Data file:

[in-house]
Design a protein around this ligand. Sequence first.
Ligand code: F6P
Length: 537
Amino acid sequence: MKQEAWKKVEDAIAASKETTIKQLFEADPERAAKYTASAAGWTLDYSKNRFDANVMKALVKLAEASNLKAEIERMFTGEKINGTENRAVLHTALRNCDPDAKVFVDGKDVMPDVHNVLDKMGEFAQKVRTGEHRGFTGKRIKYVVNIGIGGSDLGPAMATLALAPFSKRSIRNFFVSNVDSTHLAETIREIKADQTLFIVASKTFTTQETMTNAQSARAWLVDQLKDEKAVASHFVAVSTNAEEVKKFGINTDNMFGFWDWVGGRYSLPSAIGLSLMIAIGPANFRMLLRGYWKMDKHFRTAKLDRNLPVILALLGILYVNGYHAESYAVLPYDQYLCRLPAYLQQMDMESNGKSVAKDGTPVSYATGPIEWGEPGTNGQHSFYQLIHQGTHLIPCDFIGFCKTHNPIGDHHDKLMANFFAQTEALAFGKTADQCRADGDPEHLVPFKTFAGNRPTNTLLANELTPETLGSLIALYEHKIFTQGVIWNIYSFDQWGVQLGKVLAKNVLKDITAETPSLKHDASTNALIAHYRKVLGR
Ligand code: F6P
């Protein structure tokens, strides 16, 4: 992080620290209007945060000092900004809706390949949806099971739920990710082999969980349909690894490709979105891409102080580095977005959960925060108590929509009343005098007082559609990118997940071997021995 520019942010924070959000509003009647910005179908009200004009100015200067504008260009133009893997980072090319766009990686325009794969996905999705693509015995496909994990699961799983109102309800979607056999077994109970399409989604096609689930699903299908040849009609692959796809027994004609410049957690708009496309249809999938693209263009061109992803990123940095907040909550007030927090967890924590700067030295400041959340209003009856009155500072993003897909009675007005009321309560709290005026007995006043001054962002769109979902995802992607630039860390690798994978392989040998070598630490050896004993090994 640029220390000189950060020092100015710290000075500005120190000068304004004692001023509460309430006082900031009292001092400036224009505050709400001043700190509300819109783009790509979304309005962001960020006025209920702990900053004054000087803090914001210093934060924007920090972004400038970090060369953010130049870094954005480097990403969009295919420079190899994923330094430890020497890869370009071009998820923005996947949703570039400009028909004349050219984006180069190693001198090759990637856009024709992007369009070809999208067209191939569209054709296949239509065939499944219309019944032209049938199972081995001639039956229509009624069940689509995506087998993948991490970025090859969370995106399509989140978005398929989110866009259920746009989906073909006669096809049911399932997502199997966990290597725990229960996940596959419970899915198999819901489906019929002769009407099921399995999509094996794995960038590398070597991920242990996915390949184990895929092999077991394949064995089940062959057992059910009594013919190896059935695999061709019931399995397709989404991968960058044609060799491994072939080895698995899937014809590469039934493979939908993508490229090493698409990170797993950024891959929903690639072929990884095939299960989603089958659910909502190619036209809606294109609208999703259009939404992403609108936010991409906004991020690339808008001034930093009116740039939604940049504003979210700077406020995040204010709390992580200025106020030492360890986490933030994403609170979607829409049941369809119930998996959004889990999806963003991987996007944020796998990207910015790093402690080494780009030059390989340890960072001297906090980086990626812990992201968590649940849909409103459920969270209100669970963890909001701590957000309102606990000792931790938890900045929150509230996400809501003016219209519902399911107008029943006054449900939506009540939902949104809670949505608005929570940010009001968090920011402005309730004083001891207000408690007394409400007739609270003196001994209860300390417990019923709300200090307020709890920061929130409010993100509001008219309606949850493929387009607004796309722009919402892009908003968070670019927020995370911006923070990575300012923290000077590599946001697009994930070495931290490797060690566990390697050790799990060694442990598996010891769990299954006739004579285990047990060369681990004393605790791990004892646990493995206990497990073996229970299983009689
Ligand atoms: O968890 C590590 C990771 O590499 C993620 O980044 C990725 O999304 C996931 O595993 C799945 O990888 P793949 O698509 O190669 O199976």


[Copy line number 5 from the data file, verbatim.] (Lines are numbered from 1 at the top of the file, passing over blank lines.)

Amino acid sequence: MKQEAWKKVEDAIAASKETTIKQLFEADPERAAKYTASAAGWTLDYSKNRFDANVMKALVKLAEASNLKAEIERMFTGEKINGTENRAVLHTALRNCDPDAKVFVDGKDVMPDVHNVLDKMGEFAQKVRTGEHRGFTGKRIKYVVNIGIGGSDLGPAMATLALAPFSKRSIRNFFVSNVDSTHLAETIREIKADQTLFIVASKTFTTQETMTNAQSARAWLVDQLKDEKAVASHFVAVSTNAEEVKKFGINTDNMFGFWDWVGGRYSLPSAIGLSLMIAIGPANFRMLLRGYWKMDKHFRTAKLDRNLPVILALLGILYVNGYHAESYAVLPYDQYLCRLPAYLQQMDMESNGKSVAKDGTPVSYATGPIEWGEPGTNGQHSFYQLIHQGTHLIPCDFIGFCKTHNPIGDHHDKLMANFFAQTEALAFGKTADQCRADGDPEHLVPFKTFAGNRPTNTLLANELTPETLGSLIALYEHKIFTQGVIWNIYSFDQWGVQLGKVLAKNVLKDITAETPSLKHDASTNALIAHYRKVLGR